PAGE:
St. Basil’s Basilica is a museum. Inside you will find a maze of small rooms, spread over two floors, filled to the brim with large icons and beautiful mosaics. Crowded in weekends, this is a must-see.
The most picturesque side of St. Basil’s Basilica is the back side! Make sure you walk around the building to take pictures like these. And make sure to do it again after sunset, as the entire church is beautifully lit.
Another major attraction, as popular today as it was in communist days, is the Lenin Mausoleum, located in the middle of Red Square, against the Kremlin Wall. Be prepared to stand in line for a long time and make sure you leave your bags at the hotel. Although it is OK to bring your camera, photography inside the tomb is strictly forbidden, but outside is fine. Make sure to visit the burial places of other famous Soviet and Russian heroes (like Gagarin and Korolev) in the wall behind the Mausoleum.
The square gets even more impressive after sunset. Millions of lights create a very picturesque atmosphere. You can wait for the sun to set at the only outside terrace on the square at Bosco’s Cafe, which is part of GUM. Not the cheapest place in town, but the only with a view onto the square. Thanks Romy Mlinzk for the tip!
The views of the Kremlin Wall and St. Basil’s Basilica never get tired. This is the view from the Moscow River towards the back of the Basilica at the end of the Red Square.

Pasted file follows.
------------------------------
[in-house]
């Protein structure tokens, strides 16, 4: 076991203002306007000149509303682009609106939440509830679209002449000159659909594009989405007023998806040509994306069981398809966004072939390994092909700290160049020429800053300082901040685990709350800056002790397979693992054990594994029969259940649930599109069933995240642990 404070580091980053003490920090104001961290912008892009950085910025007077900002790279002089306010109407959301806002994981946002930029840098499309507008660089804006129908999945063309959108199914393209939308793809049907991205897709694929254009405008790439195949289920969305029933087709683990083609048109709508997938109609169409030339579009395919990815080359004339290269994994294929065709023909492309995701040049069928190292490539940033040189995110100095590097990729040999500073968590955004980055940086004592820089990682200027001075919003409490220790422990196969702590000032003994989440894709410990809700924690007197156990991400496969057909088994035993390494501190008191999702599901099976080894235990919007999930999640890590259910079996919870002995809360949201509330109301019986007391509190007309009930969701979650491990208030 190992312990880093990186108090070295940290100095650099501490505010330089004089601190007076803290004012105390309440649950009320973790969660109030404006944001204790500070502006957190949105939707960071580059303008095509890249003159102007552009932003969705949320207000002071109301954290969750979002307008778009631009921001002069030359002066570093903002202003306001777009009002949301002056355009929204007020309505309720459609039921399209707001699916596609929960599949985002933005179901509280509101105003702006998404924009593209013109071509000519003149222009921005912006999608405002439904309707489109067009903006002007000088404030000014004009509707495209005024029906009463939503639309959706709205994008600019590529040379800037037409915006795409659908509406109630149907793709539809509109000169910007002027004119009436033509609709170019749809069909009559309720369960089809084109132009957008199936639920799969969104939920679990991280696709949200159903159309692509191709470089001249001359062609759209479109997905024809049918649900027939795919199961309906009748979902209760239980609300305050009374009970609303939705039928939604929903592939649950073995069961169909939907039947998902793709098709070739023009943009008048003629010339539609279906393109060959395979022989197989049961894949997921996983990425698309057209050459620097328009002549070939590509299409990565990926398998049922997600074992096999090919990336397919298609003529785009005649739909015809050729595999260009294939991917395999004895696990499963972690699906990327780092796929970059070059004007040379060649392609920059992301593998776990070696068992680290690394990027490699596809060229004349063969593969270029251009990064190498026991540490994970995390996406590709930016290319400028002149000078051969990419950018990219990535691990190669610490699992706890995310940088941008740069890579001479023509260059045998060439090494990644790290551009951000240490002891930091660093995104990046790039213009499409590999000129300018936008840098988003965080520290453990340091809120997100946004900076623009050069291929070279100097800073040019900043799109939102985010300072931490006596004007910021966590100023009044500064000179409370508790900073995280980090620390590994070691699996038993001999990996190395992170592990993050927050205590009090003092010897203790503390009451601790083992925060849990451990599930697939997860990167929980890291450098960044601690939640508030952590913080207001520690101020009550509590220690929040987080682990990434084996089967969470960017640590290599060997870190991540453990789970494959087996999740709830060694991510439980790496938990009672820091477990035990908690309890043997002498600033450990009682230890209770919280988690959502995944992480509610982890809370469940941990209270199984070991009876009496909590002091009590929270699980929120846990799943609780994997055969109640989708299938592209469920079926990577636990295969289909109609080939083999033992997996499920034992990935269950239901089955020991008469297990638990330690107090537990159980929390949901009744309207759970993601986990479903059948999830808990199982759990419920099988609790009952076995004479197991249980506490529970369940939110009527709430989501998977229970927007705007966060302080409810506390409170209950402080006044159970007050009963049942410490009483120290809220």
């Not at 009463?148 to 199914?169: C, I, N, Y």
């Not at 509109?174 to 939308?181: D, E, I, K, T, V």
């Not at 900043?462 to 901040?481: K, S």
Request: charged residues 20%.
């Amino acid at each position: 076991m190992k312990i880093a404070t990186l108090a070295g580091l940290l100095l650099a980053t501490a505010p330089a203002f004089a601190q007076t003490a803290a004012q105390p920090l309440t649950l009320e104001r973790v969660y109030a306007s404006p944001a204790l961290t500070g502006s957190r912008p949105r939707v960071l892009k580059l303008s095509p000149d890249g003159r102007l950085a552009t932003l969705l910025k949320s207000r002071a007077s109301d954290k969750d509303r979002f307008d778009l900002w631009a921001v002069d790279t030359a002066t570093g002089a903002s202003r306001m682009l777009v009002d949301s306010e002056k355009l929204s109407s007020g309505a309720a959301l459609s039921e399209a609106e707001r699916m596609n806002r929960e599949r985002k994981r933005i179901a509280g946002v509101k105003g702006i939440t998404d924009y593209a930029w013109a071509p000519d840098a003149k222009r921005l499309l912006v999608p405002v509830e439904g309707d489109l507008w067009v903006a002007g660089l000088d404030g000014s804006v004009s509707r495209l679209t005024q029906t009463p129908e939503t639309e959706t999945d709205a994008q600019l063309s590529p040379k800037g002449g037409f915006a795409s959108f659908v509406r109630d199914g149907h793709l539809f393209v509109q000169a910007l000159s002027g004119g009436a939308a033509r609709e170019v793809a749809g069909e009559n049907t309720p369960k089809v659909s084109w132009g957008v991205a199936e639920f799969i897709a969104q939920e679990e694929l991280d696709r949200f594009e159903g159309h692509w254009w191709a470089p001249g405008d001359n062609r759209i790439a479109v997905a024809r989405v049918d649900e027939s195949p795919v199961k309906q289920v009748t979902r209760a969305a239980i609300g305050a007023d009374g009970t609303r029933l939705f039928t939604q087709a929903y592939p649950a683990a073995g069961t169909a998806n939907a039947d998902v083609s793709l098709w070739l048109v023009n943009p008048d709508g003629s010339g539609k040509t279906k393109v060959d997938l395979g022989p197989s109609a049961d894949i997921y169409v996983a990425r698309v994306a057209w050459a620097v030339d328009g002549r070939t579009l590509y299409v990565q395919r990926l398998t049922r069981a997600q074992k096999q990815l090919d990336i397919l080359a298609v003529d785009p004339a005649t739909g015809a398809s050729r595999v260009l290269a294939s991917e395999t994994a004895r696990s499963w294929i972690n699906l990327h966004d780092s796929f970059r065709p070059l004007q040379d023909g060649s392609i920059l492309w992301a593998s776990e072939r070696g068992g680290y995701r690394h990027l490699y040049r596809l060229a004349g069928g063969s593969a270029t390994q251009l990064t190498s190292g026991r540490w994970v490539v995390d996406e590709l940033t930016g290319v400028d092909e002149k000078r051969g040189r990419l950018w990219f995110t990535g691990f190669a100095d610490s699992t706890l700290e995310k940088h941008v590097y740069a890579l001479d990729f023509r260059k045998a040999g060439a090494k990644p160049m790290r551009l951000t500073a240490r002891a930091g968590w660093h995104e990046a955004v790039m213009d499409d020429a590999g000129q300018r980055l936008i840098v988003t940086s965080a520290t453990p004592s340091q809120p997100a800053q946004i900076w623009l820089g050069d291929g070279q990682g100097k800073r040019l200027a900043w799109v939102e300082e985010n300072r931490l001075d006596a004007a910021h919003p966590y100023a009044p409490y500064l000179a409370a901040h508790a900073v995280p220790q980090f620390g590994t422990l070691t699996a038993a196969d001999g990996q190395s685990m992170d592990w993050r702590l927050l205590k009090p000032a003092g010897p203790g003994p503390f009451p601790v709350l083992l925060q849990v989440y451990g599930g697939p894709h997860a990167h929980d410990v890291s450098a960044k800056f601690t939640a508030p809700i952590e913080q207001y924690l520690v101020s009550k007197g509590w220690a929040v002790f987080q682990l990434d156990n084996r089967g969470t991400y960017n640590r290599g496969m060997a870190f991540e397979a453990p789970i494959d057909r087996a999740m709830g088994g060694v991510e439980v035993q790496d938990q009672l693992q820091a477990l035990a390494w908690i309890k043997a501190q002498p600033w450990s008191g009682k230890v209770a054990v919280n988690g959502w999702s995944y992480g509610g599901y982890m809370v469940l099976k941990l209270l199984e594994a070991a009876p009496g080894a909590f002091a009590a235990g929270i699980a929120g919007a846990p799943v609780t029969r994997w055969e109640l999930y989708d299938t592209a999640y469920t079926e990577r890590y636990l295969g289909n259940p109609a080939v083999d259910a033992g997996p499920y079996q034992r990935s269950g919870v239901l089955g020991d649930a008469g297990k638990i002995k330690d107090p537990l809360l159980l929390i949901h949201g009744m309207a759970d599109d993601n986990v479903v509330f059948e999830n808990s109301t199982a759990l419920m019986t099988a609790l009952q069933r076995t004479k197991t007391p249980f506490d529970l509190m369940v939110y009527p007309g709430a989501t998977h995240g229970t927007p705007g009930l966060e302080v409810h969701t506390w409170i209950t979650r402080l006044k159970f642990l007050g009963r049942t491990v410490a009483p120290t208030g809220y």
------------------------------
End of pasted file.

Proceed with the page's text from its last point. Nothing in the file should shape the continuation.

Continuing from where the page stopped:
Once the State Department Store, where long lines of people buying scarce food items dominated the impressive building, nowadays the GUM department store offers the best (or worst) that capitalism has to offer. Looking for Luis Vuitton or Prada? This is the place to be. But also the more budget conscious traveler can find great and inexpensive food stalls with air conditioned seating and magnificent views over the elaborate hallways. For example on the third level, with a view on the central fountain.
Once you have spent enough time on the Red Square, it is time to visit the Kremlin itself. To find the entrance you have to walk to the other side of the complex, passing the eternal flame and elaborate World War II monument.
With a bit of luck you may witness one of many ceremonies held at this place. During my visit a large group of young female Army cadets performed a flower laying ceremony at the eternal flame. Russians are passionately patriotic!
The main entrance to the Kremlin is clearly indicated. There is a bit of a procedure to get in: First you buy your ticket at the cashiers office, then you go through a security check (like almost everywhere in Russia) in another building, before you enter the Kremlin grounds over the main bridge.
Once inside, you will find the Kremlin being more of a museum than the seat of government. Actually the Russian Parliament (Duma) is not even located here, but rather a few blocks away, close to the Bolshoi Theatre. The 1950’s Soviet-style concrete assembly hall (to the left in this picture) is the only building resembling a government institution.
There are many historical buildings inside the Kremlin. The Armory (closed when we visited) and the Five Churches are the most attractive. Surprisingly, all churches offer extensive information leaflets in many languages, allowing several hours to discover all the remnants of Russian history. You can find the coffins of Ivan teh Great and Ivan the Terrible in the Archangel Cathedral, that basically is one big public burial room.
The many onion-shaped domes of the Kremlin Cathedrals offer great photography opportunities.